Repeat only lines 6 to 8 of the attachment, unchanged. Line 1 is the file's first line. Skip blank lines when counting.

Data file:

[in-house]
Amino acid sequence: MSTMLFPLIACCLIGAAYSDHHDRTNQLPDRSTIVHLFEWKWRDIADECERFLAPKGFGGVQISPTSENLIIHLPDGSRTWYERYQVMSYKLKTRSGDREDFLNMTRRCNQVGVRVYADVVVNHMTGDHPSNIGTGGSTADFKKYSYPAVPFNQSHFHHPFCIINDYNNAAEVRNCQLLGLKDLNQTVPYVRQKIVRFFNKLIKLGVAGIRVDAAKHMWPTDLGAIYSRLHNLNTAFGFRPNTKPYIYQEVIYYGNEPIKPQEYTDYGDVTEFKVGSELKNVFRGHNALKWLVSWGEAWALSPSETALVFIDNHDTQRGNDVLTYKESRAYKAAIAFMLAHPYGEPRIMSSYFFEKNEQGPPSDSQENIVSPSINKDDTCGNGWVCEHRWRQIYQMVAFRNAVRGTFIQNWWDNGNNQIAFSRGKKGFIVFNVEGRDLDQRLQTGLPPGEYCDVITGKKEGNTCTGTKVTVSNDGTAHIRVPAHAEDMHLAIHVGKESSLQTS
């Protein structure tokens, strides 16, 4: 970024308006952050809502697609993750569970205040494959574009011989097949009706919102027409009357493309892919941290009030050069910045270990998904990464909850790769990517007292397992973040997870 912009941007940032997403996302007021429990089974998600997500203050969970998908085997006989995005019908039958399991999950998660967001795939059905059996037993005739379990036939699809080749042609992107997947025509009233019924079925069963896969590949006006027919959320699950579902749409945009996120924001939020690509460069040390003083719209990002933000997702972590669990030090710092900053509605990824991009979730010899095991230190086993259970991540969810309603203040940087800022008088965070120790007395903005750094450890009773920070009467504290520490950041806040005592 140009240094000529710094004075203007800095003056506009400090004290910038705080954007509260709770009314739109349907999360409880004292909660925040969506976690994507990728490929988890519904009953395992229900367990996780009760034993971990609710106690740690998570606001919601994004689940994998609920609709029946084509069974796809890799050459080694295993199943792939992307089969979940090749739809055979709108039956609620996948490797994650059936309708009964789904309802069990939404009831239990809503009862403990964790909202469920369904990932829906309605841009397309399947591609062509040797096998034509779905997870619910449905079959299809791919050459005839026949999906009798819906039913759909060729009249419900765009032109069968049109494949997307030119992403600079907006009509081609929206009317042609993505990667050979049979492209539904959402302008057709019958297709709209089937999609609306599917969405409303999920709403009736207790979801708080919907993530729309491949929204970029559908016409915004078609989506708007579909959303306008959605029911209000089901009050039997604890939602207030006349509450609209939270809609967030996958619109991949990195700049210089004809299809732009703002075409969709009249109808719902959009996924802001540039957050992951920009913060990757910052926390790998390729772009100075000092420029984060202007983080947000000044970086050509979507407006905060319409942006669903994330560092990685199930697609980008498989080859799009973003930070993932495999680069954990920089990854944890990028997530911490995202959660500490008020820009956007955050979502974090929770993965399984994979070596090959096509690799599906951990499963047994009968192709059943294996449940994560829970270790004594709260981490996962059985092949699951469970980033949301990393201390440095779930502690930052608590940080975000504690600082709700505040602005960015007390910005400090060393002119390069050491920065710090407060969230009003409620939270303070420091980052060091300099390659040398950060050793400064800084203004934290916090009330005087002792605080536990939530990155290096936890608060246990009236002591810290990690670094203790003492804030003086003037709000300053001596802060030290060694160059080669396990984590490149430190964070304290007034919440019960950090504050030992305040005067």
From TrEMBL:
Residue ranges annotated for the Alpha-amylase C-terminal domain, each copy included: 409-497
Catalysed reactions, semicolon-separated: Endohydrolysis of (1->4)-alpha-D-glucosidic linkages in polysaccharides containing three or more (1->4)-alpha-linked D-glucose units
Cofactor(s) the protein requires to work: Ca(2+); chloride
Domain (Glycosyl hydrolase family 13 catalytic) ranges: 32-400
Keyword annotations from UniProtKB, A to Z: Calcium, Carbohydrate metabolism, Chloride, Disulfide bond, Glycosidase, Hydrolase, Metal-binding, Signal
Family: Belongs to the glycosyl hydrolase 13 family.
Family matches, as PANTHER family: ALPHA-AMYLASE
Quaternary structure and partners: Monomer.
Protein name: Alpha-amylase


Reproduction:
Catalysed reactions, semicolon-separated: Endohydrolysis of (1->4)-alpha-D-glucosidic linkages in polysaccharides containing three or more (1->4)-alpha-linked D-glucose units
Cofactor(s) the protein requires to work: Ca(2+); chloride
Domain (Glycosyl hydrolase family 13 catalytic) ranges: 32-400